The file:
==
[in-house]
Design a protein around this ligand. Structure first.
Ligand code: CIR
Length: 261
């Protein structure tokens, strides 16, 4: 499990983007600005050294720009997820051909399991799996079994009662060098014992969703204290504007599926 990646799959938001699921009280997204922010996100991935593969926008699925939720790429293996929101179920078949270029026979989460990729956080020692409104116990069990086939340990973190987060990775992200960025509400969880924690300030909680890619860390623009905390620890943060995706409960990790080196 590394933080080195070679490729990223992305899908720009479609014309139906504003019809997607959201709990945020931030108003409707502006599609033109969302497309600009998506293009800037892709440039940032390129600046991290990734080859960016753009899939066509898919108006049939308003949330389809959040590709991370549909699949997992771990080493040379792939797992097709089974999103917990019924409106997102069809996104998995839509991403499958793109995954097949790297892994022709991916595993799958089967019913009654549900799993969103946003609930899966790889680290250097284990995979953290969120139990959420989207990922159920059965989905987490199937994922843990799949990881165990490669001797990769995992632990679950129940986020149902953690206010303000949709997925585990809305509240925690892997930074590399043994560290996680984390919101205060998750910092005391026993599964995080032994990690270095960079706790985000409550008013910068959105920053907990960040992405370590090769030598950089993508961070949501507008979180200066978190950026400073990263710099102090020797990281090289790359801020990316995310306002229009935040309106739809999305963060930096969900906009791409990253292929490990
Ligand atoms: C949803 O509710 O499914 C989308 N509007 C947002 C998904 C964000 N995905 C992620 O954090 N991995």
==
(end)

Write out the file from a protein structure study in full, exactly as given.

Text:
[in-house]
Design a protein around this ligand. Structure first.
Ligand code: CIR
Length: 261
């Protein structure tokens, strides 16, 4: 499990983007600005050294720009997820051909399991799996079994009662060098014992969703204290504007599926 990646799959938001699921009280997204922010996100991935593969926008699925939720790429293996929101179920078949270029026979989460990729956080020692409104116990069990086939340990973190987060990775992200960025509400969880924690300030909680890619860390623009905390620890943060995706409960990790080196 590394933080080195070679490729990223992305899908720009479609014309139906504003019809997607959201709990945020931030108003409707502006599609033109969302497309600009998506293009800037892709440039940032390129600046991290990734080859960016753009899939066509898919108006049939308003949330389809959040590709991370549909699949997992771990080493040379792939797992097709089974999103917990019924409106997102069809996104998995839509991403499958793109995954097949790297892994022709991916595993799958089967019913009654549900799993969103946003609930899966790889680290250097284990995979953290969120139990959420989207990922159920059965989905987490199937994922843990799949990881165990490669001797990769995992632990679950129940986020149902953690206010303000949709997925585990809305509240925690892997930074590399043994560290996680984390919101205060998750910092005391026993599964995080032994990690270095960079706790985000409550008013910068959105920053907990960040992405370590090769030598950089993508961070949501507008979180200066978190950026400073990263710099102090020797990281090289790359801020990316995310306002229009935040309106739809999305963060930096969900906009791409990253292929490990
Ligand atoms: C949803 O509710 O499914 C989308 N509007 C947002 C998904 C964000 N995905 C992620 O954090 N991995």